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Publication > Issue > Articles

Sweet and sour causing a stir

Summary

Tom Evans examines the development and application of amine-based gas treating processes, including the implementation of hybrid solvents as well as the effect of new environmental regulations on BTEX emissions. The latest sulphur dioxide scrubbing technology is also studied.

Abstract

In the global natural gas industry, growing demand, depleting sweet reserves, and rising sales gas prices are making the production of more sour gas reserves economical, leading to a growth in sweetening and sulphur recovery capacity. However, with this growth has come the tightening of emission regulations. There­fore, a robust sulphur recovery unit (SRU), which is good throughout the life of the gas field, is a must in order to maximise long term profitability. Re­duction of sulphur emissions from SRU’s is currently achieved by utilising various modified Claus SRU and tail gas clean-up (TGCU) technologies.

The most widely used method of treating gas streams to remove hydrogen sulphide (H2S) and/or carbon dioxide (CO2), is to treat them with aqueous alkanolamine solvents (amines) in an absorption/regeneration treating system.

Amine solvents can be used over a wide variety of process conditions, ranging from essentially atmospheric pressure for refinery off-gas and Claus tail gas treating, to high pressure for natural gas sweetening. The type of amine used for a particular application depends on the following factors:

  • Treated gas specifications.
  • Type and concentration of impurities in the acid gas.
  • Temperature and pressure of the feed gas stream and deliverable treated gas.
  • Volume of gas to be treated.
  • Hydrocarbon composition of the feed gas stream.
  • Required selectivity of acid gas removal.
  • Capital and operating costs.

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Process additives for the solid sulphur industry

Summary

Chris Burke of Raisio Chemicals Canada Inc, examines the development and action of today's sulphur dust suppressants and how increased emphasis on the environment and safety will play a key role in their future development.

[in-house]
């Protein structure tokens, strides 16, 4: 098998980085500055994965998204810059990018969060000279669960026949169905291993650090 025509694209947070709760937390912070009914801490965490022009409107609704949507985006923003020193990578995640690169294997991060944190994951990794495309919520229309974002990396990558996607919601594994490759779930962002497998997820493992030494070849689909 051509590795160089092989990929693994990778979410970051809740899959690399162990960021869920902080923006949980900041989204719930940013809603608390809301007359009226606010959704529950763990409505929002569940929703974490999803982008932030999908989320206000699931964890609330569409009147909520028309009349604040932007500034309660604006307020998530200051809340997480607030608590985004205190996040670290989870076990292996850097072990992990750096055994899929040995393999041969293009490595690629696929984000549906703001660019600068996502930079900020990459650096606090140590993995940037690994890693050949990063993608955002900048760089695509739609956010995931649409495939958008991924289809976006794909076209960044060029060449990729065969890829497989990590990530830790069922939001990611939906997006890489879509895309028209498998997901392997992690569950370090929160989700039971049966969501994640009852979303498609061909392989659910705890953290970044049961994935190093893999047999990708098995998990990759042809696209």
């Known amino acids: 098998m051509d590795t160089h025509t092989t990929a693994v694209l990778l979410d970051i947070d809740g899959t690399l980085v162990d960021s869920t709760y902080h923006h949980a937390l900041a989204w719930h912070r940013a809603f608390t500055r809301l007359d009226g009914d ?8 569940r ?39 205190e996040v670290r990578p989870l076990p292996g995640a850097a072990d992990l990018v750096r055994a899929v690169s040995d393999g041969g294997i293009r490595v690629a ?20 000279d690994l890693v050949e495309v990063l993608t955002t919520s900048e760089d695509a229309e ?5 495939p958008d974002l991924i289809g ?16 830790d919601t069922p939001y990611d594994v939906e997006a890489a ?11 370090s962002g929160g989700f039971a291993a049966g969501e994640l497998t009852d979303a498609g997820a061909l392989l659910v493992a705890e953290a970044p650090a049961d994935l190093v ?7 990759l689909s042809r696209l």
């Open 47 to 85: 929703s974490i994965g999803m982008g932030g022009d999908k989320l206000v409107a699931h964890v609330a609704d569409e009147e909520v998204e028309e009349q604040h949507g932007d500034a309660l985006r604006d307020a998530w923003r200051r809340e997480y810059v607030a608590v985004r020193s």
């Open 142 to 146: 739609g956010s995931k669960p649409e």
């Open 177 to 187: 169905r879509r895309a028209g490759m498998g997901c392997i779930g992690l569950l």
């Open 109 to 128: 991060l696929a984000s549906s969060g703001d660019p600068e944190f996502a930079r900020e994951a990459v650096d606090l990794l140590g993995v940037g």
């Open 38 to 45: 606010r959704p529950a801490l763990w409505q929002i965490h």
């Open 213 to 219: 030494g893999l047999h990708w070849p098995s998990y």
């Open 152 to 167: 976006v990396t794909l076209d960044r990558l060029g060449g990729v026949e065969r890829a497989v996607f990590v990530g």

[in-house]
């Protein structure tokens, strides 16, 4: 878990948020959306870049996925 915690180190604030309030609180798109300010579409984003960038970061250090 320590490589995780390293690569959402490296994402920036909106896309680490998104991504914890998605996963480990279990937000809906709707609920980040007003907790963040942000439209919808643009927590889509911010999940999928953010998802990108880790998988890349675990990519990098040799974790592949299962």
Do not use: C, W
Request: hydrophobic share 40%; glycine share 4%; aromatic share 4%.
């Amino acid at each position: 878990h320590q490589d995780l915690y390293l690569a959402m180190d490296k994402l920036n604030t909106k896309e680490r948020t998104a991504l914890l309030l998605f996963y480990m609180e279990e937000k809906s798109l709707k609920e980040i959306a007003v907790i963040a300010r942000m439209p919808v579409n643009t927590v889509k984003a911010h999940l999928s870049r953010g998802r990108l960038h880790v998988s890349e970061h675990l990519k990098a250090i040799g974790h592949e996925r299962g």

Abstract

Solid elemental sulphur has been transported through the port of Vancouver for decades. Dense population surrounding the sulphur terminals, worker safety and environmental concerns precipitated a need for the handling facilities to control fugitive dust. Physical collection methods such as evacuation systems were (and still are) limited to small, isolated sections of the operation because of extreme capital costs. Although attempted by the handling facilities, water alone does not provide substantial control of dust owing to the hydrophobic nature of sulphur. The facilities turned to water based chemical dust suppressants about 20 years ago. These products provided effective, economical, immediate dust control – truly the best solution to the fugitive dust problem.

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Safety Health Environment

Summary

SHE An acronym for that very sensitive better half of our consciences, Safety, Health and the Environment, topics that are, more and more, becoming the engines that drive many of the sulphur and acid industries' business decisions. Report by Jason Stevens.

Abstract

With elevated human safety standards, ‘environmental safety’ is now a major factor in moulding industry operations, and is being watched with an eagle eye by inter­national NGO’s such as Greenpeace and individual governmental organisations such as the United State’s Environmental Protection Agency (EPA).

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